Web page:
The Library of Virginia
Portrait of Martin Meredith Lipscomb Martin Meredith Lipscomb (1823-1903) exemplified a new generation of political leaders who emerged after the Virginia Constitution of 1851 abolished property ownership as a prerequisite for voting. A bricklayer, Lipscomb ran for mayor of Richmond in 1853 and lost, but in 1854 he campaigned among the working classes and was elected city sergeant. Virginia's traditional political leaders were unnerved at the prospect of having working men invade the world of public service that had been reserved for gentlemen, but the achievements of Lipscomb and many others like him made Virginia's political culture more egalitarian and democratic. Lipscomb remained active in Richmond city politics until shortly before his death fifty years after his first run for public office, always taking the side of reformers and always upsetting established political apple carts.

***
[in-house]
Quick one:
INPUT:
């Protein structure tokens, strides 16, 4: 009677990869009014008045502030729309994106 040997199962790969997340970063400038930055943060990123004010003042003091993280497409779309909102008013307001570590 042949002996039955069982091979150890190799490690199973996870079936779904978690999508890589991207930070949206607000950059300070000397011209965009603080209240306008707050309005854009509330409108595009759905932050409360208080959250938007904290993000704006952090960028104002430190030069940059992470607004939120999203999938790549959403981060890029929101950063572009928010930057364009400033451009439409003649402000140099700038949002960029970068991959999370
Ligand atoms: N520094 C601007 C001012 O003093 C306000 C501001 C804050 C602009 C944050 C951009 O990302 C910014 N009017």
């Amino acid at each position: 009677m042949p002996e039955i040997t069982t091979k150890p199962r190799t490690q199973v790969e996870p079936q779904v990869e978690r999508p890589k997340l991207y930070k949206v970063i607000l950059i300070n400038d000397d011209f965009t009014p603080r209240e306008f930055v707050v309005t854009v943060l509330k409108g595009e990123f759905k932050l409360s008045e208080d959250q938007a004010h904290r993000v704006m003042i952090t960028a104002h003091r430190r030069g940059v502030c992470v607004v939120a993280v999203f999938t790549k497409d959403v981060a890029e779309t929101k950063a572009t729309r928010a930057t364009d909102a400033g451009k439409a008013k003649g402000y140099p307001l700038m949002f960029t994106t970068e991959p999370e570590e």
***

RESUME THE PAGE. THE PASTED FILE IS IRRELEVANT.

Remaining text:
Martin Meredith Lipscomb. Photograph. Courtesy of the Valentine Museum.

Related Resources

Virginia Cavalcade